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Supreme Court Hears Oral Arguments in Abercrombie Hijab Case

By Mark Wilson, Esq. on February 26, 2015 | Last updated on March 21, 2019

The Supreme Court heard oral arguments Wednesday in EEOC v. Abercrombie and Fitch Stores, the case about a Muslim teenager, Samantha Elauf, who interviewed for a job at an Abercrombie store while wearing a headscarf.

Abercrombie chose not to hire her explicitly because of the headscarf, assuming that she would need a religious accommodation, which it didn't want to grant, because Abercrombie's dress code policy prohibits head wear. The EEOC claimed that the employer discriminated based on its assumption that she would need an accommodation without ever asking Elauf.

Petitioner: Don't Make Assumptions

The problem is that Elauf never asked for an accommodation, partly because, as a prospective employee, she didn't yet know what the policy was. The justices wanted to know from the outset whether the employer should presume an accommodation is necessary or whether the employee has to affirmatively ask for one in order for Title VII to kick in. Is an employer on notice that a religious accommodation is warranted when an employer should reasonably be aware, or when the employee says something?

Ira Gershengorn, representing the Solicitor General, said that the appropriate response from an employer faced with a possible religious issue would be to "assume that [there] isn't a religious problem, to not engage in the stereotyping and assume that the person could comply as they would with somebody who was wearing a headscarf or something else for not religious reasons."

He also suggested that the interviewer should have observed the headscarf, pointed out to Elauf that Abercrombie doesn't allow head wear, and then asked if she could follow that policy. Instead, he said, they assumed without ever asking that she wouldn't be able to follow the policy.

Respondent: 'Suspecting' Religion Is Unworkable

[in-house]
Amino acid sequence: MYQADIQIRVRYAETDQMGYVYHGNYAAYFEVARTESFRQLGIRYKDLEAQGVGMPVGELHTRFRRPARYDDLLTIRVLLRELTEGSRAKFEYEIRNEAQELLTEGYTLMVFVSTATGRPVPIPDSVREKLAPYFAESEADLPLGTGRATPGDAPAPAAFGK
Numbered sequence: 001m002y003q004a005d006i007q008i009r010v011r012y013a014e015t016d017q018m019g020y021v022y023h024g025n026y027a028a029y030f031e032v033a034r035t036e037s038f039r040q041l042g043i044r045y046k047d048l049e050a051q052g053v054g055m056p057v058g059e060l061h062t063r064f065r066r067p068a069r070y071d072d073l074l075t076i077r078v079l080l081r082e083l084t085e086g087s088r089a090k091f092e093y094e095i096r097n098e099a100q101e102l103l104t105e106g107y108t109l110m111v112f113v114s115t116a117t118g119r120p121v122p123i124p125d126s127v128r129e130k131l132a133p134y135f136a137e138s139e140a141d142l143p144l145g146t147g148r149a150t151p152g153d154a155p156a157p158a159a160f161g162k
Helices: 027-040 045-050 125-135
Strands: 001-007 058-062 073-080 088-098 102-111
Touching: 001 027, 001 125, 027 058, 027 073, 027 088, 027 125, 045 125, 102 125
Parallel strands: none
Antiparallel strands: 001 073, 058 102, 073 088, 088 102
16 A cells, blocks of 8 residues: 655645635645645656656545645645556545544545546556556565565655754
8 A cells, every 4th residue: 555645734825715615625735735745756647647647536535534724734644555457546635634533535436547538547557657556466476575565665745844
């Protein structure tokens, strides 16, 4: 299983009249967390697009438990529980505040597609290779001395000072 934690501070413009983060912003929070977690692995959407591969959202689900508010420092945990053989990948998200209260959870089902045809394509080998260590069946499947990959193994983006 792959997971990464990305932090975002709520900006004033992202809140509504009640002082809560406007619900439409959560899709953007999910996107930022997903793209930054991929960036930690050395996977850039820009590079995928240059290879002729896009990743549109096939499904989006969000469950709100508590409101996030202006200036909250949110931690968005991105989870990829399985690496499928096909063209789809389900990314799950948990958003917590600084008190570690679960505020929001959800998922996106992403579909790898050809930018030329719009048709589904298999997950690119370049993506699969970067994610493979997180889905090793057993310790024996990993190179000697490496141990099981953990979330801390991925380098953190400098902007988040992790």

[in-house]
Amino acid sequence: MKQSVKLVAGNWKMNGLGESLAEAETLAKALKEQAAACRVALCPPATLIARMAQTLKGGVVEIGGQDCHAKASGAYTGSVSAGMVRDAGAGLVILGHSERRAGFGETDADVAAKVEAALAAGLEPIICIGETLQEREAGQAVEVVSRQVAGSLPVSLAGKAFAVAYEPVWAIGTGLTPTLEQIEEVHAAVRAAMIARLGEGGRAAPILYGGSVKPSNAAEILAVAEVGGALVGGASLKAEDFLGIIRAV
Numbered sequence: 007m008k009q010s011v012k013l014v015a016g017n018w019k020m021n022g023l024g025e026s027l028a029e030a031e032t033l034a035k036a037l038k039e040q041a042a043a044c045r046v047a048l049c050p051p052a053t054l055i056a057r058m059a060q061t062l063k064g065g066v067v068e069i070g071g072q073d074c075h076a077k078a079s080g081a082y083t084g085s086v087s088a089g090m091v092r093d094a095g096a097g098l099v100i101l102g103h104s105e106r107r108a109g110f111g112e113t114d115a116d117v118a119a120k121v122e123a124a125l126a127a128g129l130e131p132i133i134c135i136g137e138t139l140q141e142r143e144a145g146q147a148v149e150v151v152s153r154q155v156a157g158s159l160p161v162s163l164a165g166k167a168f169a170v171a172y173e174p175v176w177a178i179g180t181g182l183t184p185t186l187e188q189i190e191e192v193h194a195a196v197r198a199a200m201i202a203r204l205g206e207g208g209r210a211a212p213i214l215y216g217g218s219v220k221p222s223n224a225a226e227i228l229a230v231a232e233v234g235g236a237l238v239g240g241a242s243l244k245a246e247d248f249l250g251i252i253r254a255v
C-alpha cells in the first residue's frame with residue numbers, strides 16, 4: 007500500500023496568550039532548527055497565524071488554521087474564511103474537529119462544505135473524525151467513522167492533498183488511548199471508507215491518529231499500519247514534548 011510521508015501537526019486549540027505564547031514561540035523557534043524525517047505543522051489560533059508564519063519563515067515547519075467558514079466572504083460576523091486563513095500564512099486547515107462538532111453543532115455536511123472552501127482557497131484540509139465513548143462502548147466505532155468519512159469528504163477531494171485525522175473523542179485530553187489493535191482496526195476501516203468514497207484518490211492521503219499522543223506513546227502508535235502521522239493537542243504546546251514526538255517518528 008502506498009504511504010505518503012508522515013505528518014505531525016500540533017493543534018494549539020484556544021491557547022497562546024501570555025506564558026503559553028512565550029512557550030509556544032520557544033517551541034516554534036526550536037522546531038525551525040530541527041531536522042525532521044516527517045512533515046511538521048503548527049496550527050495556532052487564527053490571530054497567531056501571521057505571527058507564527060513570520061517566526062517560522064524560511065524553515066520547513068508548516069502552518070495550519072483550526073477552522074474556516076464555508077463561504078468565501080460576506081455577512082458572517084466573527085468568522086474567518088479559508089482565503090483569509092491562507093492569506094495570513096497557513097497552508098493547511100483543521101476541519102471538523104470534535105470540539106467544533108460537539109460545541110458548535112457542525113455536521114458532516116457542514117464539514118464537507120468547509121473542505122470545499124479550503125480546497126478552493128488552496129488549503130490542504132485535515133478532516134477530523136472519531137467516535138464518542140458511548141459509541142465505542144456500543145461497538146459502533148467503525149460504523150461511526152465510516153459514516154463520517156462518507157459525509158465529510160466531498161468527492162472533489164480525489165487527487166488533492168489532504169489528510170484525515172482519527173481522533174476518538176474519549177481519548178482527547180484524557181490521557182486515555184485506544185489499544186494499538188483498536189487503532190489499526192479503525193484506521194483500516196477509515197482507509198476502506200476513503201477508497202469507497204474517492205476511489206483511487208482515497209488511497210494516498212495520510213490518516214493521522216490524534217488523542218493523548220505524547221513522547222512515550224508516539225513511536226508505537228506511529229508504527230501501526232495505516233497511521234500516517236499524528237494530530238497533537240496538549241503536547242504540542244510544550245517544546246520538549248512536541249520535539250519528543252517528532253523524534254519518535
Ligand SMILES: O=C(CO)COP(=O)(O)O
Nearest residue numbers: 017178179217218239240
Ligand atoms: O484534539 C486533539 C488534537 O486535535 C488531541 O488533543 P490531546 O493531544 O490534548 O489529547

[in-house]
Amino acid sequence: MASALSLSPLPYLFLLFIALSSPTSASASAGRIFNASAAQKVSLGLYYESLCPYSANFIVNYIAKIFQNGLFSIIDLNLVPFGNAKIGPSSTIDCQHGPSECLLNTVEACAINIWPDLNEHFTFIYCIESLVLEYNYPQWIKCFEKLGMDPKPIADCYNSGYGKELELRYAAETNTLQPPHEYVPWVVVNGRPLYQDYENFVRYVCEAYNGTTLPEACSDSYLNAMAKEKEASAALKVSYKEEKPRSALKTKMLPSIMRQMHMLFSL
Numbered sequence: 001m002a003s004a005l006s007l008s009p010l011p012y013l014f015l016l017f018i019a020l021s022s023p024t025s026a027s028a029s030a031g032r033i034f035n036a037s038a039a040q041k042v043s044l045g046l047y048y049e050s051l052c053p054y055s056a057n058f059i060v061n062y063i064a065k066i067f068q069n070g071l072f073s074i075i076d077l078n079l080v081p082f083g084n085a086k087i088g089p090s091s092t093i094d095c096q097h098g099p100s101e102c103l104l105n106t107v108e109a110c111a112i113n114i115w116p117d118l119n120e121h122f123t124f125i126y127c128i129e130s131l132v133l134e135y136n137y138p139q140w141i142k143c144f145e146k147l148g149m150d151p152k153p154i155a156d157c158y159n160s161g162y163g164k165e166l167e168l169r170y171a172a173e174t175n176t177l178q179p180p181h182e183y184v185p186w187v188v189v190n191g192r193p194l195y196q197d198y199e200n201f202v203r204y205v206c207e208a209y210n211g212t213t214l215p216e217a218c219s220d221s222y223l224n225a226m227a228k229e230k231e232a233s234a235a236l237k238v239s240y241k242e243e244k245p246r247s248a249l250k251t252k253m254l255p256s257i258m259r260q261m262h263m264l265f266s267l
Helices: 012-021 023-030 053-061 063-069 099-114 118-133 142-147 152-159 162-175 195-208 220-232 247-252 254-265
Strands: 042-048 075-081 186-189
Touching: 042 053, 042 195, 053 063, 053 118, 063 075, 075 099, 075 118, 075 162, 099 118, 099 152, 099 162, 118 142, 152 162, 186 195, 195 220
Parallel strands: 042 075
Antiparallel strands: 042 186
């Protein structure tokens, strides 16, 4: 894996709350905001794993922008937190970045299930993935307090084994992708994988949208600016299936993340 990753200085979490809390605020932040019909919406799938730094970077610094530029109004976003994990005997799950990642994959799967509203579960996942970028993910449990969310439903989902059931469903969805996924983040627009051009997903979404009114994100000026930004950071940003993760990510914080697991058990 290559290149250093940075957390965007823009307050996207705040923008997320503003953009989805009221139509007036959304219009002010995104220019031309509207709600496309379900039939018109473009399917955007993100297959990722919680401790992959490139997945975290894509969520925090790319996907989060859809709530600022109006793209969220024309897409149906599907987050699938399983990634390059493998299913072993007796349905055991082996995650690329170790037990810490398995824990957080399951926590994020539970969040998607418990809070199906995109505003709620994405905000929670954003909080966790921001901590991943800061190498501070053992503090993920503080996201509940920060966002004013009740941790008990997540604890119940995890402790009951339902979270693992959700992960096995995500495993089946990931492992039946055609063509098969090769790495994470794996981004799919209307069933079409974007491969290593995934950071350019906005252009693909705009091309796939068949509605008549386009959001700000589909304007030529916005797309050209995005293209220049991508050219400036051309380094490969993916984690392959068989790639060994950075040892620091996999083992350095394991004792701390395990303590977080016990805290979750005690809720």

When it came to question Shay Dvortezky, representing Abercrombie, the justices wanted to know whether the burden should be placed on the employee to speak up and say, "I'm wearing this for a religious reason." That's what the Tenth Circuit said, and Dvortezky said that's the way it should be.

The justices weren't so sure. Dvortezky also got challenged on her characterization of the law because, quite simply, Elauf didn't know that headscarves weren't allowed. (The best Dvortezky could come up with to show that she did know is that (1) Elauf knew Abercrombie had a dress code and (2) she knew Abercrombie didn't sell headscarves. That's a pretty thin connection if you're trying to conclude that she knew Abercrombie had an affirmative policy for staff members against head wear.)

There was also a concern about the level of knowledge an employer needed in order to show Title VII discrimination. Such discrimination has to be intentional, but Dvortezky implied that anything short of the employee saying to the employer, "I'm Jewish" and the employer not hiring the employee wouldn't qualify.

The justices thought there was definitely a way to show to a reasonable certainty that someone was being denied a job for religious reasons, even as Dvortezky called their rule "unadministrable" because there was no guidance as to the level of certainty required. Otherwise, employers would be able to fire someone because of religion as long as the employer didn't have absolute certainty as to the employee's religion.

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